What is Epidemiology?
Epidemiology is a field where trained epidemiologists study patterns of frequency and the causes and effects of diseases in human populations. Epidemiology provides the scientific footings for evidence-based medicine and allows placement of strategies for improvement in public health. Epidemiology is often referred to as the cornerstone of modern public health research and practice and it relies on a variety of relevant public health areas, including biology, biostatistics, social sciences, and assessing risk of exposure to a threat.
What is an Epidemiologist?
Epidemiologists study outbreaks of diseases, the causes, locations, and how various communities are affected, utilizing relative information to aid in the prevention of future outbreaks. Epidemiologists help to keep the public informed of methods to maintain and improve public health. Epidemiologists work at universities and for government organizations including the (CDC) Centers for Disease Control, National Institute of Health (NIH), or the World Health Organization (WHO). The Bureau of Labor Statistics states that epidemiologists earned an average of $65,270 in 2012 with the top ten percent of epidemiologists earning at least $108,320.
What are the Degree Options for a Career in Epidemiology?
- Bachelor’s Degree – Most universities and colleges do not offer undergraduate programs in Epidemiology and those who want to pursue epidemiology careers usually choose to pursue medicine or other health fields prior to graduate studies.
- Master’s Degree – Epidemiologists are required to have at least a Master’s degree from an accredited University or College. Most epidemiologists have a Master’s Degree in Public Health (MPH) or a related field. Epidemiology graduate programs provide students with the skills to investigate and analyze the root causes and spread of disease to develop methods of prevention and control. The most common degree is a Master of Public Health with a concentration or focus on epidemiology, however degree programs that focus solely on epidemiology are becoming more popular. Most Master’s Degree programs require students to complete a practicum or internship that can last for up to one year. In addition to a Master’s Degree in Epidemiology some programs offer highly concentrated degrees for those pursuing particular career paths. Some areas of specialization can include focus on cancer, cardiovascular disease, genetics, infectious disease, environmental causes and aging.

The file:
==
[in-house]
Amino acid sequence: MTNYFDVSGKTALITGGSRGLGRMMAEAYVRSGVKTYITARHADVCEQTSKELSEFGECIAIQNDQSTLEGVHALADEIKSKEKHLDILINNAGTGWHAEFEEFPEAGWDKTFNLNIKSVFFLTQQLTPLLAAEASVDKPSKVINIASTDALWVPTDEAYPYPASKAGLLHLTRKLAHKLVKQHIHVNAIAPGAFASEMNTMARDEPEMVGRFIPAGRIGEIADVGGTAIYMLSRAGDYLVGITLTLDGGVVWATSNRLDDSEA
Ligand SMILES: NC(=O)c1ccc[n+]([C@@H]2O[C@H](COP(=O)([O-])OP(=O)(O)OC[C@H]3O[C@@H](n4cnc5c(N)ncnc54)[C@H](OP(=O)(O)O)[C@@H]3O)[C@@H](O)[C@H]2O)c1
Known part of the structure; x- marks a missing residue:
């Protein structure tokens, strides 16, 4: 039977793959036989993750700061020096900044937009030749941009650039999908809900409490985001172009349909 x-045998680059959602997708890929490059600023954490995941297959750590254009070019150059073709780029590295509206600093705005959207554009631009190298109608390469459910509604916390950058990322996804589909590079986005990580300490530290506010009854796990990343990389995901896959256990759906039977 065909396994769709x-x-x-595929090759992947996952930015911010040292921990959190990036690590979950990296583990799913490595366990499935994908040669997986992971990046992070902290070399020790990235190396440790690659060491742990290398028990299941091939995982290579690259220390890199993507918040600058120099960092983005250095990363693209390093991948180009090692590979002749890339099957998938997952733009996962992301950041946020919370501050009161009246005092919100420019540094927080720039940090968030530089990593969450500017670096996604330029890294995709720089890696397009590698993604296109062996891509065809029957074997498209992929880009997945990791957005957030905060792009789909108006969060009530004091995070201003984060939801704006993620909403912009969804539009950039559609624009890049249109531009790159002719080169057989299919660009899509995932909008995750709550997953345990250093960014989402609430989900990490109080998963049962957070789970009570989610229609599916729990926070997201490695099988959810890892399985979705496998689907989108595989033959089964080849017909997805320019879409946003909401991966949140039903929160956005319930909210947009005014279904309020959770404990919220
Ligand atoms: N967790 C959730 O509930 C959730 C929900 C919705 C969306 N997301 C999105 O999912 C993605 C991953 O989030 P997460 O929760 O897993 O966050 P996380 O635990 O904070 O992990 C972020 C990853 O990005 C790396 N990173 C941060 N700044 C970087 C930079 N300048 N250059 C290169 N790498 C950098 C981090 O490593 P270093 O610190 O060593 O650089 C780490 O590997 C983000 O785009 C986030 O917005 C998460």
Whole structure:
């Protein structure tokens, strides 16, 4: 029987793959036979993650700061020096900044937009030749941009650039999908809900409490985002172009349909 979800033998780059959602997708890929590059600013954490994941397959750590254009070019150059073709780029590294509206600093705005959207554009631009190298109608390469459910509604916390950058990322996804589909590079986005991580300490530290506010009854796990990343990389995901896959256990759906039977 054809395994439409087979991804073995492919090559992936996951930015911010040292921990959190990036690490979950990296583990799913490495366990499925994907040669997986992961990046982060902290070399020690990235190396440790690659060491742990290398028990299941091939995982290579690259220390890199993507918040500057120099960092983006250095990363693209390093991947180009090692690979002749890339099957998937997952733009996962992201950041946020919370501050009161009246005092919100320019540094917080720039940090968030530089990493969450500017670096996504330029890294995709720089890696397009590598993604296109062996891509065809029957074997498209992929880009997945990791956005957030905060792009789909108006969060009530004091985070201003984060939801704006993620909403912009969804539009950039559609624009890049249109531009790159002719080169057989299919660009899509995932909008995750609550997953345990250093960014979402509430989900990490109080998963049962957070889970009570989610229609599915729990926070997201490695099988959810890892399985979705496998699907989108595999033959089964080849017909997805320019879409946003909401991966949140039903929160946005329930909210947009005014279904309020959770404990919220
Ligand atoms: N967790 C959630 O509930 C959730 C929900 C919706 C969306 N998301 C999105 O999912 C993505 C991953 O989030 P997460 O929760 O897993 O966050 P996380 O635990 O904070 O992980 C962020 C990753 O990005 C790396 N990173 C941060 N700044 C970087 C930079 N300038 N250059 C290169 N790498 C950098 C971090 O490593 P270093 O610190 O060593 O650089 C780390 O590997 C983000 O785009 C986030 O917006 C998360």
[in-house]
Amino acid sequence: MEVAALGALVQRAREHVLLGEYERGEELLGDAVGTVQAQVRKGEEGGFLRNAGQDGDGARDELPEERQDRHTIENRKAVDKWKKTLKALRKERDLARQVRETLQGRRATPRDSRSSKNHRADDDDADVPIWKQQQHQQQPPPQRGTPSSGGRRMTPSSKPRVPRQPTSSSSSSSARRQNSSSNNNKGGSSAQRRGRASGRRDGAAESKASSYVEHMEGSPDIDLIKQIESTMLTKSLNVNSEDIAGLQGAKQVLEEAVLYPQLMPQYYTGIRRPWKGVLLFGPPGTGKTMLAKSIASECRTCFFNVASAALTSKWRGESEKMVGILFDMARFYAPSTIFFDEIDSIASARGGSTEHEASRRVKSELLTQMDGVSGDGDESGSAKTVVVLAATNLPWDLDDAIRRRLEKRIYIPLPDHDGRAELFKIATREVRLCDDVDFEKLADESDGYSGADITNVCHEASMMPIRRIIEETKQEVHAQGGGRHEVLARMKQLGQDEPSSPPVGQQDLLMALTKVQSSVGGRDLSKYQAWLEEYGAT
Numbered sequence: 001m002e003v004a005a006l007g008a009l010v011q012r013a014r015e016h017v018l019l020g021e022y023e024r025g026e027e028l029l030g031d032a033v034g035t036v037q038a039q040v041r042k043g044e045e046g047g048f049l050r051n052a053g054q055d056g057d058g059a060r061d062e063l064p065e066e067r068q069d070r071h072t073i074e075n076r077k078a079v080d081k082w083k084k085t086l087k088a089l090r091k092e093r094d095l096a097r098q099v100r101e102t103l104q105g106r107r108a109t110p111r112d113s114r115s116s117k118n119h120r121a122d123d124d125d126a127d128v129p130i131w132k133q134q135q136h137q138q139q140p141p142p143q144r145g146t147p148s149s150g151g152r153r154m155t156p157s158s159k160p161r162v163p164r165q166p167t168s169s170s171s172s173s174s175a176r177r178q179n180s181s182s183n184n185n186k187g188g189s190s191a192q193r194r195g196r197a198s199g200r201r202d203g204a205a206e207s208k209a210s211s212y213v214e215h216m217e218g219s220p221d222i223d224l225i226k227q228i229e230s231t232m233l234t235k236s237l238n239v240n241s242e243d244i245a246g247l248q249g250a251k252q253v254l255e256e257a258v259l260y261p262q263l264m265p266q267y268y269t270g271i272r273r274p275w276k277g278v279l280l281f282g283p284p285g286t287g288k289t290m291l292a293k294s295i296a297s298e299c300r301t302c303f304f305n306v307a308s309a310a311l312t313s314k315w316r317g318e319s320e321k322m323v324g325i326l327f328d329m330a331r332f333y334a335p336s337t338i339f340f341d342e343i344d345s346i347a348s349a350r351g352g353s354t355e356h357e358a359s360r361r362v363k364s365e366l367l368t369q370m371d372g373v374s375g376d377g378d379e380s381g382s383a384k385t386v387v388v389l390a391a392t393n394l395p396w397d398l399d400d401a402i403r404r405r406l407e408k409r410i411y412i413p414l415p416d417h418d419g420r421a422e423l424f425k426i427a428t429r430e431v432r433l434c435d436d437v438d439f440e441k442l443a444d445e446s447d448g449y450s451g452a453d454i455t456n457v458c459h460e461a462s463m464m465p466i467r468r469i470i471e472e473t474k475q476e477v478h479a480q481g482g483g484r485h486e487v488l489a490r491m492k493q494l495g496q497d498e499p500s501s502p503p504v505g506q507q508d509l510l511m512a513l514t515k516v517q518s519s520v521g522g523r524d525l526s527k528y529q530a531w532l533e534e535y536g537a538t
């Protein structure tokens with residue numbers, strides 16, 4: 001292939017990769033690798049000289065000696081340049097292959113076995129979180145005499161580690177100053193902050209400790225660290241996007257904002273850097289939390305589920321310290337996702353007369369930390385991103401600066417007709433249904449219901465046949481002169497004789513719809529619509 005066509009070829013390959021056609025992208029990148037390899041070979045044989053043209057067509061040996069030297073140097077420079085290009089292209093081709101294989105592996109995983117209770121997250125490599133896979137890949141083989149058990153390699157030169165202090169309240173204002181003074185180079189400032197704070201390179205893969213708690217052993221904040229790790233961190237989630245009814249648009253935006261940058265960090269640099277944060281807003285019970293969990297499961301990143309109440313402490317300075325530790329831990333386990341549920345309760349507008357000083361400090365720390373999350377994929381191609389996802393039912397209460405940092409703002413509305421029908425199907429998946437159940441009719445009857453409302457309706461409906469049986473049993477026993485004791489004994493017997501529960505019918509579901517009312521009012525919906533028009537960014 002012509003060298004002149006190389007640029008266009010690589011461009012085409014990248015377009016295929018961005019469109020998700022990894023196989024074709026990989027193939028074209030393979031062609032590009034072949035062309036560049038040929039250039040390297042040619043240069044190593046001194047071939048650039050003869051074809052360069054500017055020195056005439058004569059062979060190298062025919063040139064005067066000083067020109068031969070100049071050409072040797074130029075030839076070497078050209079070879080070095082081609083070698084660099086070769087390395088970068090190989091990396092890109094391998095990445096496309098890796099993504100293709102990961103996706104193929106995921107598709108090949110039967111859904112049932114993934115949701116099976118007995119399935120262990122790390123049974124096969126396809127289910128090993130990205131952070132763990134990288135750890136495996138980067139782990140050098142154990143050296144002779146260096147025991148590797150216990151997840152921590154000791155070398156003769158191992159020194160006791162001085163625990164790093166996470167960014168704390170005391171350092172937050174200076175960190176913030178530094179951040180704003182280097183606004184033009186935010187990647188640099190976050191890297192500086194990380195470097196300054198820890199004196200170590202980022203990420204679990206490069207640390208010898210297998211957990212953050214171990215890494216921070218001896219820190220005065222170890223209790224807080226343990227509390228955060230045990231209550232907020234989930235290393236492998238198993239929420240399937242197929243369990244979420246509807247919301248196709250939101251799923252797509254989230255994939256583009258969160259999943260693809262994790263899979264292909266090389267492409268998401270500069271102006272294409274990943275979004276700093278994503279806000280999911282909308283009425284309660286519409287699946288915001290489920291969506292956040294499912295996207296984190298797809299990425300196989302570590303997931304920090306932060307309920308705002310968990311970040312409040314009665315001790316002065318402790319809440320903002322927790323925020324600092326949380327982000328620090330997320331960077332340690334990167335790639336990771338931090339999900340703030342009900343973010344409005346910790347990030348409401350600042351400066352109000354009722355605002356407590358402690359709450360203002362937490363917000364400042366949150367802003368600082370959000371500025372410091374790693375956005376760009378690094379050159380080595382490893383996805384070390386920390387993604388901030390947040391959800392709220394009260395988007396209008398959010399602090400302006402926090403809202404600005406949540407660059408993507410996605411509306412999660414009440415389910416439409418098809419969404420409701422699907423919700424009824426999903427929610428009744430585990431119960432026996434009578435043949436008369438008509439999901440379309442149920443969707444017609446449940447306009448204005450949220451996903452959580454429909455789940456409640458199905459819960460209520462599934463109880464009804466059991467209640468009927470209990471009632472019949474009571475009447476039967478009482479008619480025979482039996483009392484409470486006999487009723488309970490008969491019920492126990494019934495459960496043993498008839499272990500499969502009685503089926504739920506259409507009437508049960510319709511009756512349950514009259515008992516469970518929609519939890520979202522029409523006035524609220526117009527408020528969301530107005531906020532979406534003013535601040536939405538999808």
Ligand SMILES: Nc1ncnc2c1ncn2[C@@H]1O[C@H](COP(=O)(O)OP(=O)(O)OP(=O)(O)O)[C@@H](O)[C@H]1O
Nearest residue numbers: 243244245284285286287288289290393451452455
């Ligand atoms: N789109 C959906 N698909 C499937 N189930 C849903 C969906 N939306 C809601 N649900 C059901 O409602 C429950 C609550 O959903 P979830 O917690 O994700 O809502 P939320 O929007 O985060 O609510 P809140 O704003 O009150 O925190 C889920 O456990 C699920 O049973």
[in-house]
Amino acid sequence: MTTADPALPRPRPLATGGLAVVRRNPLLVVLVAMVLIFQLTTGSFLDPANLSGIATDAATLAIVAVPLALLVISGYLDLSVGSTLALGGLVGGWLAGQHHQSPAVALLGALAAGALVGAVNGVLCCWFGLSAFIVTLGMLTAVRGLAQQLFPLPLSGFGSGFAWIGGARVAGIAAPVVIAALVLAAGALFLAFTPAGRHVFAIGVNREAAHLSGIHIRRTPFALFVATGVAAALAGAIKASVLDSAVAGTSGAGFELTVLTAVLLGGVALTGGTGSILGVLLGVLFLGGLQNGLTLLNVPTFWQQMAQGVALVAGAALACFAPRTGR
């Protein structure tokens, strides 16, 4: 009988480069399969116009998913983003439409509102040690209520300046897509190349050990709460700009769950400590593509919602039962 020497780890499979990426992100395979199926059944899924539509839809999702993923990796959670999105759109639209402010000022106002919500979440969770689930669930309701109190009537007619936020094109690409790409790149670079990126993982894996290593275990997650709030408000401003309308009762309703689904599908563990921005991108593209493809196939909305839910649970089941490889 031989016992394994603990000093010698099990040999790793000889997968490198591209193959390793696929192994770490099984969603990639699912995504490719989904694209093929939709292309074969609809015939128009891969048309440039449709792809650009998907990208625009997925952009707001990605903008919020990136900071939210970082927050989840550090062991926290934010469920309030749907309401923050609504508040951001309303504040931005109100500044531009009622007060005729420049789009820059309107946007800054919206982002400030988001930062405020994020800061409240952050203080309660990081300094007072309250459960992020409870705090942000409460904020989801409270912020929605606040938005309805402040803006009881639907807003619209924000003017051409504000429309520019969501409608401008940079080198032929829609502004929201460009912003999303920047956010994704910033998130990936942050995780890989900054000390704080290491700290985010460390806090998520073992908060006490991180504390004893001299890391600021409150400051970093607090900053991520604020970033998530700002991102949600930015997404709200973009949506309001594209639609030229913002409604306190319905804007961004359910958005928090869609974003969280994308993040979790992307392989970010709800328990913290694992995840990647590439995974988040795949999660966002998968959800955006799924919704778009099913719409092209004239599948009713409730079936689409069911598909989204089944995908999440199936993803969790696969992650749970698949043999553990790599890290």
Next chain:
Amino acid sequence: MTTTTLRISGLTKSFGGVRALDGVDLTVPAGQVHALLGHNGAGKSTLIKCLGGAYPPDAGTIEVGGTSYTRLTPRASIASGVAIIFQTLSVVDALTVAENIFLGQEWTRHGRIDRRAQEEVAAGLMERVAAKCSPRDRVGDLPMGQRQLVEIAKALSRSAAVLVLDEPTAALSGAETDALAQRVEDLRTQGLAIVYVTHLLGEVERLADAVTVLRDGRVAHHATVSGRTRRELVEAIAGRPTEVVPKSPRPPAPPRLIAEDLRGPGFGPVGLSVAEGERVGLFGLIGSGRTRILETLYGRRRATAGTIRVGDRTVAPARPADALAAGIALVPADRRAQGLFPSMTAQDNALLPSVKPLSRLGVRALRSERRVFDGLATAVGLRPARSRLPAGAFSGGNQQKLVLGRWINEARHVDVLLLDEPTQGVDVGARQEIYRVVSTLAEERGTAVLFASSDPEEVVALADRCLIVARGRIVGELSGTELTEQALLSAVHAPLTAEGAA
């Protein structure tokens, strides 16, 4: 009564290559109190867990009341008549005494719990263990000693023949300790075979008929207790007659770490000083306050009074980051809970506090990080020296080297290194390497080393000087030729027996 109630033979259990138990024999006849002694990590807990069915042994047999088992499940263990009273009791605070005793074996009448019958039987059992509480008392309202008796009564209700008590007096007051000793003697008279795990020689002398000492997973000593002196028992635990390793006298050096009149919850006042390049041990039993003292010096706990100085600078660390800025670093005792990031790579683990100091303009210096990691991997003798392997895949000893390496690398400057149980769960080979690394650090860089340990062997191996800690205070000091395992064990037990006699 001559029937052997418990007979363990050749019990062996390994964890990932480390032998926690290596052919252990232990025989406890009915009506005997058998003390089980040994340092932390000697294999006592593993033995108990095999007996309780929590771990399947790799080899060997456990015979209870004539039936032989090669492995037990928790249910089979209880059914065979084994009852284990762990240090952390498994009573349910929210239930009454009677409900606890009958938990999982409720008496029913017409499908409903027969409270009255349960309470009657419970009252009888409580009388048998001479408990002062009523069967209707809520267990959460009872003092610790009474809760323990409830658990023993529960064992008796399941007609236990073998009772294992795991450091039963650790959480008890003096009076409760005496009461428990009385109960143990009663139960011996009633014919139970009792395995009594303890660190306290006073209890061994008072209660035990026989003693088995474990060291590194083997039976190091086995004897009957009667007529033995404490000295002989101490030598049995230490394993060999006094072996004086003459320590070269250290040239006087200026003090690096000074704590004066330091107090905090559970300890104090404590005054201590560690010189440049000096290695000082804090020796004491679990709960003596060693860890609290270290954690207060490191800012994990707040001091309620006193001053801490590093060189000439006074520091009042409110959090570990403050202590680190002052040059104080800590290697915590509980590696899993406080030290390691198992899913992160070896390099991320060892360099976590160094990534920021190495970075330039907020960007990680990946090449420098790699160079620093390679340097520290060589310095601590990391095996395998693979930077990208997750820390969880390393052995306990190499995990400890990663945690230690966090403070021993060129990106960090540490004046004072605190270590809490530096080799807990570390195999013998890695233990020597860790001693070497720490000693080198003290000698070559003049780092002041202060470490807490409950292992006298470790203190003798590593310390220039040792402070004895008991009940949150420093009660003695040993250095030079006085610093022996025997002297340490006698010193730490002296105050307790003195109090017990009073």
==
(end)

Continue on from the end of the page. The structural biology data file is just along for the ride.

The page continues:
- Doctoral Degree – Some research epidemiologists may be required to hold a Ph.D. or medical degree depending on the careers they choose. A doctoral degree provides graduates the skills and knowledge required to be at the top of their chosen field. The doctorate degree in epidemiology consists of one to three years of study and a doctoral dissertation. Those who earn a doctorate will find more opportunities available including more in-depth research studies or options for teaching. Students in a doctoral program can specialize in specific areas of epidemiology including cancer research or zoonotic infectious diseases.
What are the Future Career Paths For Those With Graduate Degree’s in Epidemiology
Those who pursue careers in epidemiology within public health work in many capacities including within universities and government organizations including the (CDC) Centers for Disease Control, National Institute of Health (NIH), or World Health Organization. The Bureau of Labor Statistics states that epidemiologists earned an average of $65,270 in 2012 with the top ten percent of epidemiologists earning at least $108,320.
This area of Healthcare Management is an excellent option for individuals who want to help track patterns of illness and disease and decipher plans to stop further spread. A career as an Epidemiologist is a great way to help your community, society and humankind.